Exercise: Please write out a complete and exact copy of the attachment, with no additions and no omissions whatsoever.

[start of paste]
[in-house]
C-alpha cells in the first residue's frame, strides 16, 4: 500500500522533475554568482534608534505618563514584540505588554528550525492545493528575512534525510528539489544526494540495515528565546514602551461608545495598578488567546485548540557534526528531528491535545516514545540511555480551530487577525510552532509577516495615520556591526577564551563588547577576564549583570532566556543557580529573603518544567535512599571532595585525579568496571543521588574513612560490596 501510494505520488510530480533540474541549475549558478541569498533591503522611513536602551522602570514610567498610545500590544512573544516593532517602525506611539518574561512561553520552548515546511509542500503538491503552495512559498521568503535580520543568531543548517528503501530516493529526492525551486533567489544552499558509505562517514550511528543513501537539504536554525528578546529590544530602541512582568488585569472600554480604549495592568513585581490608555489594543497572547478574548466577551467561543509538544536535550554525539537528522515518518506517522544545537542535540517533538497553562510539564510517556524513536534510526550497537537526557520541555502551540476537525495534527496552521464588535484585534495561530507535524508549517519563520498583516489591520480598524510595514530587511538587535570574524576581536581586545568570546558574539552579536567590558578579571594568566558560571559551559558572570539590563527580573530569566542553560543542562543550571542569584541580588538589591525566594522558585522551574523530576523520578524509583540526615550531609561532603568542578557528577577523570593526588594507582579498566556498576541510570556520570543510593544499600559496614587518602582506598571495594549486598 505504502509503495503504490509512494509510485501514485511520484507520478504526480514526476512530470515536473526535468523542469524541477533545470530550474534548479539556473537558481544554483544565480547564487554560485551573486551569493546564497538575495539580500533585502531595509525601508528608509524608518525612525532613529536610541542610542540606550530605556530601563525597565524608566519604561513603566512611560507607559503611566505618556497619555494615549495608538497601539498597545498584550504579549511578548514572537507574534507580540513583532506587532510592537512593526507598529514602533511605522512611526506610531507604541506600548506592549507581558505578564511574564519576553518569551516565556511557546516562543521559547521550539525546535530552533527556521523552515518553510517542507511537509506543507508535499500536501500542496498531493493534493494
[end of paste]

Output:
[in-house]
C-alpha cells in the first residue's frame, strides 16, 4: 500500500522533475554568482534608534505618563514584540505588554528550525492545493528575512534525510528539489544526494540495515528565546514602551461608545495598578488567546485548540557534526528531528491535545516514545540511555480551530487577525510552532509577516495615520556591526577564551563588547577576564549583570532566556543557580529573603518544567535512599571532595585525579568496571543521588574513612560490596 501510494505520488510530480533540474541549475549558478541569498533591503522611513536602551522602570514610567498610545500590544512573544516593532517602525506611539518574561512561553520552548515546511509542500503538491503552495512559498521568503535580520543568531543548517528503501530516493529526492525551486533567489544552499558509505562517514550511528543513501537539504536554525528578546529590544530602541512582568488585569472600554480604549495592568513585581490608555489594543497572547478574548466577551467561543509538544536535550554525539537528522515518518506517522544545537542535540517533538497553562510539564510517556524513536534510526550497537537526557520541555502551540476537525495534527496552521464588535484585534495561530507535524508549517519563520498583516489591520480598524510595514530587511538587535570574524576581536581586545568570546558574539552579536567590558578579571594568566558560571559551559558572570539590563527580573530569566542553560543542562543550571542569584541580588538589591525566594522558585522551574523530576523520578524509583540526615550531609561532603568542578557528577577523570593526588594507582579498566556498576541510570556520570543510593544499600559496614587518602582506598571495594549486598 505504502509503495503504490509512494509510485501514485511520484507520478504526480514526476512530470515536473526535468523542469524541477533545470530550474534548479539556473537558481544554483544565480547564487554560485551573486551569493546564497538575495539580500533585502531595509525601508528608509524608518525612525532613529536610541542610542540606550530605556530601563525597565524608566519604561513603566512611560507607559503611566505618556497619555494615549495608538497601539498597545498584550504579549511578548514572537507574534507580540513583532506587532510592537512593526507598529514602533511605522512611526506610531507604541506600548506592549507581558505578564511574564519576553518569551516565556511557546516562543521559547521550539525546535530552533527556521523552515518553510517542507511537509506543507508535499500536501500542496498531493493534493494